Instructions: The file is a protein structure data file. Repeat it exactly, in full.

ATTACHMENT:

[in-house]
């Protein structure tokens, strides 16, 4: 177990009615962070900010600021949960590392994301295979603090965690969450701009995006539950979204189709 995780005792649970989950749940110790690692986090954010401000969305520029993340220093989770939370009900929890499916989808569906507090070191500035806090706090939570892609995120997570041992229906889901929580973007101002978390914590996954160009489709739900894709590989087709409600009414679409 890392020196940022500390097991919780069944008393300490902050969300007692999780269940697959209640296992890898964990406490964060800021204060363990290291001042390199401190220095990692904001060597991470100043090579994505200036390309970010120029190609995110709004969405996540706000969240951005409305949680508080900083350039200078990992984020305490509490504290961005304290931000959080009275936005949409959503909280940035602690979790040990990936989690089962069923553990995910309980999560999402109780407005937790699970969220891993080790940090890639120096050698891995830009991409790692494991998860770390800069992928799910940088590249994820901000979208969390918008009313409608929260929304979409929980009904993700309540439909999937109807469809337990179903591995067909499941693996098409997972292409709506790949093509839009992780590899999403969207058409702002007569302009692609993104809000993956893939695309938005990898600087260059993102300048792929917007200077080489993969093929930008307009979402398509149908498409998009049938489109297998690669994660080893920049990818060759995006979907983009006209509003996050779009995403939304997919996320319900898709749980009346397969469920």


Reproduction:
[in-house]
């Protein structure tokens, strides 16, 4: 177990009615962070900010600021949960590392994301295979603090965690969450701009995006539950979204189709 995780005792649970989950749940110790690692986090954010401000969305520029993340220093989770939370009900929890499916989808569906507090070191500035806090706090939570892609995120997570041992229906889901929580973007101002978390914590996954160009489709739900894709590989087709409600009414679409 890392020196940022500390097991919780069944008393300490902050969300007692999780269940697959209640296992890898964990406490964060800021204060363990290291001042390199401190220095990692904001060597991470100043090579994505200036390309970010120029190609995110709004969405996540706000969240951005409305949680508080900083350039200078990992984020305490509490504290961005304290931000959080009275936005949409959503909280940035602690979790040990990936989690089962069923553990995910309980999560999402109780407005937790699970969220891993080790940090890639120096050698891995830009991409790692494991998860770390800069992928799910940088590249994820901000979208969390918008009313409608929260929304979409929980009904993700309540439909999937109807469809337990179903591995067909499941693996098409997972292409709506790949093509839009992780590899999403969207058409702002007569302009692609993104809000993956893939695309938005990898600087260059993102300048792929917007200077080489993969093929930008307009979402398509149908498409998009049938489109297998690669994660080893920049990818060759995006979907983009006209509003996050779009995403939304997919996320319900898709749980009346397969469920």